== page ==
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Executive Department for
Press, Communication and Marketing

Adolf-Reichwein-Straße 2a
Gebäude AVZ (Gebäudeteil AR-NA)
57068 Siegen

Phone:    +49 (0)271/740-4915
Fax.:    +49 (0)271/740-4911
E-Mail:  presse@uni-siegen.de

Sensor Technology for Therapy Success

Scientists of the University of Siegen work together with the DRK-Kinderklinik on a sensor based support system of physiotherapy according to "Vojta". The research project "SenseVojta" is funded by the Federal Ministry of Education and Research.

Patients with disorders of the central nervous system and of the posture and movement apparatus can benefit from physiotherapy according to the "Vojta principle": Movement patterns become available through the so-called reflex locomotion, i.e. the targeted pressure on certain body zones. Especially in infants the therapy can significantly improve the motor skills - provided that the exercises are carried out regularly and correctly by parents at home. Researchers from the Institute of Advanced Studies (FoKoS) at the University of Siegen are now developing a sensory-based assistance system for Vojta therapy. They also cooperate with the Siegen DRK (Red Cross- translator’s note) Children's Clinic, the seat of the global Center for Vojta Therapy.

"The doctors and physiotherapists are very dependent on the parent’s cooperation during a Vojta therapy", explains project leader Prof. Dr. Rainer Brück from the "Chair for Medical Computer Science and Microsystem Design" at the University of Siegen. "The therapy is successful only if they carry out the movements with their children several times a day, and above all in a precise manner." However, parents are often uncertain or too careful. In addition, small children are often crying or screaming because of physical exertion during the exercises. "This is a great challenge for the parents. Within the framework of our research project, we want to develop a system that both supports them and secures the therapeutic success."

In the future, sensors will recognize whether the exercises are carried out correctly in the course of the therapy. The system must be practical and affordable, according to Brück. For example, the children could conceivably wear a bracelet during the exercises: "The sensors conduct movements from muscle tension in the joint. The data could be transferred directly to the parents' smartphone. If a movement is not carried out correctly, the feedback received will inform them, for example in the form of an acoustic signal. "At the same time, the system could document the course of the therapy. Doctors and physiotherapists would gain valuable information, such as progress or possible problems during therapy.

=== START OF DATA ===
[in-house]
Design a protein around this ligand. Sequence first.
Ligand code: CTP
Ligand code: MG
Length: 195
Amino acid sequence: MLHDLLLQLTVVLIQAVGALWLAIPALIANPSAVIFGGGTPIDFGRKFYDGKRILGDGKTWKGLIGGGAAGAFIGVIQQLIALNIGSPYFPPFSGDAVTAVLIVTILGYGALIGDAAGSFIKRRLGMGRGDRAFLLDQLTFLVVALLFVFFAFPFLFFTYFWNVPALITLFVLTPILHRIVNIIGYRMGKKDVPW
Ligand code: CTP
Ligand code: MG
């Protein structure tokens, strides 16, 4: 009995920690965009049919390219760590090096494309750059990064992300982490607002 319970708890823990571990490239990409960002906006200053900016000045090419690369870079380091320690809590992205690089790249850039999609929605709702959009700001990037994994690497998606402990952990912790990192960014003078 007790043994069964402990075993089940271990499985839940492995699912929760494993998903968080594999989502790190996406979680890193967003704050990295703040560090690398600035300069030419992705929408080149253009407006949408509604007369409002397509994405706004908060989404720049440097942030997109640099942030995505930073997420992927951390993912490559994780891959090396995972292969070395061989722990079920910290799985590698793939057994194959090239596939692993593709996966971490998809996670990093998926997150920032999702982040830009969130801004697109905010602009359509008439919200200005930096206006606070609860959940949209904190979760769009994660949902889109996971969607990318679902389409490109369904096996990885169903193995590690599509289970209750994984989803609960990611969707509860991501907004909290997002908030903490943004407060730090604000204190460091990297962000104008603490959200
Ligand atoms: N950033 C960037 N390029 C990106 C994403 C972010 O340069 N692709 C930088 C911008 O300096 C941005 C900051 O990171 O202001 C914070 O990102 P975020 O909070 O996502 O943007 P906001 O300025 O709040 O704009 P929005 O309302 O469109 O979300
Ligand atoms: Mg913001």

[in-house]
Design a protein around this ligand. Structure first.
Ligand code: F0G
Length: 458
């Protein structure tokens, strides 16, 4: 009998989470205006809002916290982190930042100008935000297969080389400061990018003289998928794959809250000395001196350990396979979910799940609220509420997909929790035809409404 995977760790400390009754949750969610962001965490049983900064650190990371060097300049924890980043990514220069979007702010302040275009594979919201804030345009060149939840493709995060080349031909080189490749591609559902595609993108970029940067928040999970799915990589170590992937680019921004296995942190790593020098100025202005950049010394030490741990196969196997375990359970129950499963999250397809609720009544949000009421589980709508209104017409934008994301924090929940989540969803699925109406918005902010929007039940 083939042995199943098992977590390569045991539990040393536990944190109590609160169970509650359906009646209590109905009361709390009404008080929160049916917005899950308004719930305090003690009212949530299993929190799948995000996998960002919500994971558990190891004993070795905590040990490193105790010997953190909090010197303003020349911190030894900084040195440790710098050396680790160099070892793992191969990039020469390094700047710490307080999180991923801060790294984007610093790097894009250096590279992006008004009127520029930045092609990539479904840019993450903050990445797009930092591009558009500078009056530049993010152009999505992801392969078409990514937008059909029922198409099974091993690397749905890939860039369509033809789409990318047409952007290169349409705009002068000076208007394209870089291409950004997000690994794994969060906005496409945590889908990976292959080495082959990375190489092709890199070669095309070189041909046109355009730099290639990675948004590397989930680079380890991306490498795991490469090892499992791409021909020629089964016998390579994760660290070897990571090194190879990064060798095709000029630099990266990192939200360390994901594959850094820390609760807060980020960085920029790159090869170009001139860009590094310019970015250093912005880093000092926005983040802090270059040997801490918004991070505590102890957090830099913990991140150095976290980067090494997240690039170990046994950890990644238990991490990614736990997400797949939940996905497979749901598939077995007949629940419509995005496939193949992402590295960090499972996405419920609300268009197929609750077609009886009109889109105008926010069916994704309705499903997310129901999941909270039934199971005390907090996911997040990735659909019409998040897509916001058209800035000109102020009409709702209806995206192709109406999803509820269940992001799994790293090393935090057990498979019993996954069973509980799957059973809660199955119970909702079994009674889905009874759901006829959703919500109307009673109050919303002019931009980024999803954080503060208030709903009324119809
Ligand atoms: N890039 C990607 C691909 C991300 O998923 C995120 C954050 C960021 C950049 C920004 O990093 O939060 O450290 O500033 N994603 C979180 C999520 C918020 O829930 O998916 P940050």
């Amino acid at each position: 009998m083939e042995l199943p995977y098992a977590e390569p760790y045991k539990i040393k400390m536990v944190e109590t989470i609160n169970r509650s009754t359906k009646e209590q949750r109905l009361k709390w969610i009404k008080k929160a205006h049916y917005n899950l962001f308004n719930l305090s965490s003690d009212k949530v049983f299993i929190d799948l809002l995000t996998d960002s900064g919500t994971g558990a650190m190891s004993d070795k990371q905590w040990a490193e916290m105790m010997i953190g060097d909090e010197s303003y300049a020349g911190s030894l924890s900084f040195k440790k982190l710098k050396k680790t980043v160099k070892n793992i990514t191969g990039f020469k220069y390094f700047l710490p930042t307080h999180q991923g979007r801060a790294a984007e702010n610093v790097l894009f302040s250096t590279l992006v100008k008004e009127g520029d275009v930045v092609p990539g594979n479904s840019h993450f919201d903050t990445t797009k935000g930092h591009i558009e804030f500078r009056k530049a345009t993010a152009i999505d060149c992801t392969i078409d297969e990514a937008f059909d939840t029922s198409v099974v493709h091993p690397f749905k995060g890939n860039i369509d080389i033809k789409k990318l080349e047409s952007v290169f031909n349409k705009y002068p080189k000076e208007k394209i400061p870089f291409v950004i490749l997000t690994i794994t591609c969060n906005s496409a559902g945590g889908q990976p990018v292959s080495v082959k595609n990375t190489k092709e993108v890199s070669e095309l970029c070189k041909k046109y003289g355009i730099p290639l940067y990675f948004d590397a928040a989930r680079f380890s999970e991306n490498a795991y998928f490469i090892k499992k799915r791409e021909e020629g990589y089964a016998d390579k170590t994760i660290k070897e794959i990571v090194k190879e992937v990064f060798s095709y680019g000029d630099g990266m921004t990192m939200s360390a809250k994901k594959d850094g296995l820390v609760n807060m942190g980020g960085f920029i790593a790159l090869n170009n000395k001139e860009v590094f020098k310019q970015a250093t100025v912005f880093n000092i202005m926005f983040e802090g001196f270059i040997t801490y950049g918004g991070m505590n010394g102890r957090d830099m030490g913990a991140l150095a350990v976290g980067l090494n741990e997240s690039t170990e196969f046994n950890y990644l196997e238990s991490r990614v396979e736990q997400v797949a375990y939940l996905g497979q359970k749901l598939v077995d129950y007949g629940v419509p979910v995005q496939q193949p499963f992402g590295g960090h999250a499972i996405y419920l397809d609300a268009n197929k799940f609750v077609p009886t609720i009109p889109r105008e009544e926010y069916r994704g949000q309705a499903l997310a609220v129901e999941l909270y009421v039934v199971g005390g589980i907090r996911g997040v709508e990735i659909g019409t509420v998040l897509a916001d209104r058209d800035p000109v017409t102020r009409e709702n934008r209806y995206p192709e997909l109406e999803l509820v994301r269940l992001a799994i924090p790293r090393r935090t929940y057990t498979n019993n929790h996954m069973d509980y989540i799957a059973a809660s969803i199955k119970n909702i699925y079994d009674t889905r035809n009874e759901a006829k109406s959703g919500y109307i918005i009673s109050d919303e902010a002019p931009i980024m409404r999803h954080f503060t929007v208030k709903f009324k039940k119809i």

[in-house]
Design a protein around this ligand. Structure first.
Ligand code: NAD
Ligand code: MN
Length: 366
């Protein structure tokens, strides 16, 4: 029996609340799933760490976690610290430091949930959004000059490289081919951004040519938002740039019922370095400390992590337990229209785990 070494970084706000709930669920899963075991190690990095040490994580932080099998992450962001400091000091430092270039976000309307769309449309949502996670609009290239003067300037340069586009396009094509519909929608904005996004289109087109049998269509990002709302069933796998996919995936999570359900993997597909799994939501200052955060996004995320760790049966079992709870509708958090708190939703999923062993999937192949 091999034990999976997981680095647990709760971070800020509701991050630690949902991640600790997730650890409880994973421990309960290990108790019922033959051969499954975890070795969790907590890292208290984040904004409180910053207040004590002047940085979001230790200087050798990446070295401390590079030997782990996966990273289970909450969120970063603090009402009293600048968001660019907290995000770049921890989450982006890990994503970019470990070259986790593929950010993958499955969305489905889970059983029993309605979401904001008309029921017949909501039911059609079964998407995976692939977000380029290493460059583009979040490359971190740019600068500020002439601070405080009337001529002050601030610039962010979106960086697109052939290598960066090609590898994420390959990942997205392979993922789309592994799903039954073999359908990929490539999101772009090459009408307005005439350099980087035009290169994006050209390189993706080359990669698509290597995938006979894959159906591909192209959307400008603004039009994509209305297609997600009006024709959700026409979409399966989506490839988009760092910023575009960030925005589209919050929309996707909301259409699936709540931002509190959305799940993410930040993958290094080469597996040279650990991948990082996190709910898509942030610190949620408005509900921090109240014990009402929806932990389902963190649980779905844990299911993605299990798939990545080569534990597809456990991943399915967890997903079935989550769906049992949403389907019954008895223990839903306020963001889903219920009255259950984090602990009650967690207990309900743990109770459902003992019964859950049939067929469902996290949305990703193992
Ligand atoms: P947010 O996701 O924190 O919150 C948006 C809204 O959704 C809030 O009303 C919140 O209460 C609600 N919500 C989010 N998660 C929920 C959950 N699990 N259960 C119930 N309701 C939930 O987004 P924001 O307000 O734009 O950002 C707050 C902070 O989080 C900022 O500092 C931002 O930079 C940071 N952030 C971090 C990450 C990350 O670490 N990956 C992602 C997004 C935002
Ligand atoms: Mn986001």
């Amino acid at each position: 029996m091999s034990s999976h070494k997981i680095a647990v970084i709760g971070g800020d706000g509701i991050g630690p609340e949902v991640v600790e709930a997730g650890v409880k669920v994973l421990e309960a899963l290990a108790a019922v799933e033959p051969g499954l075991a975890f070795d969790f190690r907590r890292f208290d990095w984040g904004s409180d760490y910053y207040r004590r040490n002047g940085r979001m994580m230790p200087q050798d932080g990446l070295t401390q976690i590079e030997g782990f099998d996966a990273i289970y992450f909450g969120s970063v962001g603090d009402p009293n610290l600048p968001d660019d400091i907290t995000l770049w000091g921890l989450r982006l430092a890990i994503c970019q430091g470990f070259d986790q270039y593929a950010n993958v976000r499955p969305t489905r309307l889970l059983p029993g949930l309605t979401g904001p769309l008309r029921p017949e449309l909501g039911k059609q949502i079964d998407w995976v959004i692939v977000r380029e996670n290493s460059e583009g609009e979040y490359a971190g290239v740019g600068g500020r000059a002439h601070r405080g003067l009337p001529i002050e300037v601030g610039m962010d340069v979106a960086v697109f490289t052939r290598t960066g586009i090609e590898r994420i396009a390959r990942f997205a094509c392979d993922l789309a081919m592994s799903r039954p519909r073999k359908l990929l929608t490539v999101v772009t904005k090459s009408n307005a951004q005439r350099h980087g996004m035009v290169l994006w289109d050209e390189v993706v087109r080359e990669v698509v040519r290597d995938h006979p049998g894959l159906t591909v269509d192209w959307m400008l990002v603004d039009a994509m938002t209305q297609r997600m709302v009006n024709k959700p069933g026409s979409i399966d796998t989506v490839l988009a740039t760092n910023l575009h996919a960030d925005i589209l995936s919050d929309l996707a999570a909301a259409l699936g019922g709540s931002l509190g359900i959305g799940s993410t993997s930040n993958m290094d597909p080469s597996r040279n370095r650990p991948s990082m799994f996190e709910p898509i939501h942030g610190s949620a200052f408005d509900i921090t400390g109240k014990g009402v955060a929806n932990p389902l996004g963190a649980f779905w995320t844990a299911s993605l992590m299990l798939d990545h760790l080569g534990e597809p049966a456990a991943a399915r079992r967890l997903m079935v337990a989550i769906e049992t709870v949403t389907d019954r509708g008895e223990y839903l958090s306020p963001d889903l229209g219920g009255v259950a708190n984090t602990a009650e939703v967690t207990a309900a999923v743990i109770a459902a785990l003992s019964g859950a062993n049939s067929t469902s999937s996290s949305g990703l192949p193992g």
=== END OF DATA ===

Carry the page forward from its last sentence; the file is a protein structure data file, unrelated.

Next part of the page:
For each patient, an individual motion profile would first have to be created. For this purpose, a 3D camera system is to be installed in the therapy center of the DRK-Kinderklinik, which can track and analyze human movements. Even before the official launch of the project, the researchers were allowed to attend Vojta meetings at the clinic. "We have already done first camera shots," says Brück. "The cooperation will be even more intense in the future. Within the scope of the project, we would also like to win patients who test our technology during development and give us feedback."

The aim of the research project is to develop a prototype of the therapy assistance system within three years. For this purpose, researchers from different areas will work closely together at the university: Prof. Brück, together with his team, is working on the development of sensor hardware. The "Institute for Pattern Recognition", headed by Prof. Dr. Marcin Grzegorzek also explores how movement patterns in the collected data can be identified and evaluated. The "Center for Responsible Innovation & Design" by FoKoS Director Prof. Dr. Dr. Björn Niehaves will accompany the project partners over the entire development period on ethical issues. It advises, among other things, on topics such as "data protection" or "personality rights".


The research project "SenseVojta" (Fkz. 13GW0166E) has been designed to run for three years. In addition to the DRK-Kinderklinik and the University of Siegen, three companies are also involved. The Federal Ministry of Education and Research is funding the joint project of 2.1 million euros, of which 720,000 euros will go to the University of Siegen and about 260,000 euros to the Siegen Kinderklinik.

Contact Person:
Prof. Dr. Rainer Brück (project leader) Tel: +49-271-740-3855, mail rainer.brueck@uni-siegen.de